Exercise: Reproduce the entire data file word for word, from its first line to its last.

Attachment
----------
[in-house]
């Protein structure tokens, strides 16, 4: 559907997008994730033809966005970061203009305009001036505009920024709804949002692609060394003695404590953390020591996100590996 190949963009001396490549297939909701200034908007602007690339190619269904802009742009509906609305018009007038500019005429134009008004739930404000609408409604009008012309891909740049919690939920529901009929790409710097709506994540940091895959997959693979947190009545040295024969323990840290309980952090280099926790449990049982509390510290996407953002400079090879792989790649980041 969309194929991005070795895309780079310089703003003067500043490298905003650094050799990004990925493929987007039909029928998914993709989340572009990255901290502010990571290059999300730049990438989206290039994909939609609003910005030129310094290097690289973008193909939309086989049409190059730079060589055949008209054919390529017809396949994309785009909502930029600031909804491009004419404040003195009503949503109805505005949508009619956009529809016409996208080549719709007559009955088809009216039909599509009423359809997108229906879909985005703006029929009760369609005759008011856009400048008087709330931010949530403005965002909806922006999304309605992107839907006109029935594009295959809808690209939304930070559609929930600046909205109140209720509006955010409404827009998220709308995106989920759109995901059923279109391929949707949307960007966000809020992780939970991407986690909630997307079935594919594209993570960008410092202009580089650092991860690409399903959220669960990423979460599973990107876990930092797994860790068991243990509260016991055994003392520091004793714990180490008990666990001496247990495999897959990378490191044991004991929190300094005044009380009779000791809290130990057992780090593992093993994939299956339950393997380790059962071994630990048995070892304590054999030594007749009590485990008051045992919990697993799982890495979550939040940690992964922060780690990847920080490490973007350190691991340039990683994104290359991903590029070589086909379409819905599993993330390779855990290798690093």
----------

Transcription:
[in-house]
């Protein structure tokens, strides 16, 4: 559907997008994730033809966005970061203009305009001036505009920024709804949002692609060394003695404590953390020591996100590996 190949963009001396490549297939909701200034908007602007690339190619269904802009742009509906609305018009007038500019005429134009008004739930404000609408409604009008012309891909740049919690939920529901009929790409710097709506994540940091895959997959693979947190009545040295024969323990840290309980952090280099926790449990049982509390510290996407953002400079090879792989790649980041 969309194929991005070795895309780079310089703003003067500043490298905003650094050799990004990925493929987007039909029928998914993709989340572009990255901290502010990571290059999300730049990438989206290039994909939609609003910005030129310094290097690289973008193909939309086989049409190059730079060589055949008209054919390529017809396949994309785009909502930029600031909804491009004419404040003195009503949503109805505005949508009619956009529809016409996208080549719709007559009955088809009216039909599509009423359809997108229906879909985005703006029929009760369609005759008011856009400048008087709330931010949530403005965002909806922006999304309605992107839907006109029935594009295959809808690209939304930070559609929930600046909205109140209720509006955010409404827009998220709308995106989920759109995901059923279109391929949707949307960007966000809020992780939970991407986690909630997307079935594919594209993570960008410092202009580089650092991860690409399903959220669960990423979460599973990107876990930092797994860790068991243990509260016991055994003392520091004793714990180490008990666990001496247990495999897959990378490191044991004991929190300094005044009380009779000791809290130990057992780090593992093993994939299956339950393997380790059962071994630990048995070892304590054999030594007749009590485990008051045992919990697993799982890495979550939040940690992964922060780690990847920080490490973007350190691991340039990683994104290359991903590029070589086909379409819905599993993330390779855990290798690093």